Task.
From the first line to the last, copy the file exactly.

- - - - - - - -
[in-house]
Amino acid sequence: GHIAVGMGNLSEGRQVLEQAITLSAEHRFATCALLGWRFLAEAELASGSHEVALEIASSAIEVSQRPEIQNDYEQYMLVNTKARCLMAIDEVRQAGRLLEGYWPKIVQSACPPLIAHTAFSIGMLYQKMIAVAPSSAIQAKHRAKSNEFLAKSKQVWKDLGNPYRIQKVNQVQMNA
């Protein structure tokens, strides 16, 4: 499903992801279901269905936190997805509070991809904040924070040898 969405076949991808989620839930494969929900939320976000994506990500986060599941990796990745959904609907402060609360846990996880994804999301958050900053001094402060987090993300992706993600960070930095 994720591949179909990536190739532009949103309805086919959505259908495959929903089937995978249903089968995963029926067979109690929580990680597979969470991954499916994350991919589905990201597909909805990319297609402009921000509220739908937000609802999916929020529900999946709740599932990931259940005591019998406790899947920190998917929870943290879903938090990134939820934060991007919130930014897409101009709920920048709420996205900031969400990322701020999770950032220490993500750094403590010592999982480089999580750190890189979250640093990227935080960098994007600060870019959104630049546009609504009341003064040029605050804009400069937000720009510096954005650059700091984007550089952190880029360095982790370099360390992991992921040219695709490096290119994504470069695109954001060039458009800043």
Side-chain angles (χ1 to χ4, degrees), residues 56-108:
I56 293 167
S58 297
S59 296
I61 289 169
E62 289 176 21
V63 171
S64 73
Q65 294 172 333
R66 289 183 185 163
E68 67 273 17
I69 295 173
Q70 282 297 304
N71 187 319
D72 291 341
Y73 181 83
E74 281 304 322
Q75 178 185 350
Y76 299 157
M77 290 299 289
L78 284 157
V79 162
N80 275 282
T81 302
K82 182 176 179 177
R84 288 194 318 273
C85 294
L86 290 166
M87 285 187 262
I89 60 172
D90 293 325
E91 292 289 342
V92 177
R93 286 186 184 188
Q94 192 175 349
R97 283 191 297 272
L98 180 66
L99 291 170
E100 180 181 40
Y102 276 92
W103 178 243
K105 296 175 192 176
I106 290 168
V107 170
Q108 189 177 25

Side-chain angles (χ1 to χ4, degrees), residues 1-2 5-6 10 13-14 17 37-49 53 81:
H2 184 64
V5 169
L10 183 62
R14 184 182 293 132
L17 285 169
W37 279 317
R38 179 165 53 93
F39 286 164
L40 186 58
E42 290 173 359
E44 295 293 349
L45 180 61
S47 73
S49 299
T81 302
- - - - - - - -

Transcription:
[in-house]
Amino acid sequence: GHIAVGMGNLSEGRQVLEQAITLSAEHRFATCALLGWRFLAEAELASGSHEVALEIASSAIEVSQRPEIQNDYEQYMLVNTKARCLMAIDEVRQAGRLLEGYWPKIVQSACPPLIAHTAFSIGMLYQKMIAVAPSSAIQAKHRAKSNEFLAKSKQVWKDLGNPYRIQKVNQVQMNA
């Protein structure tokens, strides 16, 4: 499903992801279901269905936190997805509070991809904040924070040898 969405076949991808989620839930494969929900939320976000994506990500986060599941990796990745959904609907402060609360846990996880994804999301958050900053001094402060987090993300992706993600960070930095 994720591949179909990536190739532009949103309805086919959505259908495959929903089937995978249903089968995963029926067979109690929580990680597979969470991954499916994350991919589905990201597909909805990319297609402009921000509220739908937000609802999916929020529900999946709740599932990931259940005591019998406790899947920190998917929870943290879903938090990134939820934060991007919130930014897409101009709920920048709420996205900031969400990322701020999770950032220490993500750094403590010592999982480089999580750190890189979250640093990227935080960098994007600060870019959104630049546009609504009341003064040029605050804009400069937000720009510096954005650059700091984007550089952190880029360095982790370099360390992991992921040219695709490096290119994504470069695109954001060039458009800043």
Side-chain angles (χ1 to χ4, degrees), residues 56-108:
I56 293 167
S58 297
S59 296
I61 289 169
E62 289 176 21
V63 171
S64 73
Q65 294 172 333
R66 289 183 185 163
E68 67 273 17
I69 295 173
Q70 282 297 304
N71 187 319
D72 291 341
Y73 181 83
E74 281 304 322
Q75 178 185 350
Y76 299 157
M77 290 299 289
L78 284 157
V79 162
N80 275 282
T81 302
K82 182 176 179 177
R84 288 194 318 273
C85 294
L86 290 166
M87 285 187 262
I89 60 172
D90 293 325
E91 292 289 342
V92 177
R93 286 186 184 188
Q94 192 175 349
R97 283 191 297 272
L98 180 66
L99 291 170
E100 180 181 40
Y102 276 92
W103 178 243
K105 296 175 192 176
I106 290 168
V107 170
Q108 189 177 25

Side-chain angles (χ1 to χ4, degrees), residues 1-2 5-6 10 13-14 17 37-49 53 81:
H2 184 64
V5 169
L10 183 62
R14 184 182 293 132
L17 285 169
W37 279 317
R38 179 165 53 93
F39 286 164
L40 186 58
E42 290 173 359
E44 295 293 349
L45 180 61
S47 73
S49 299
T81 302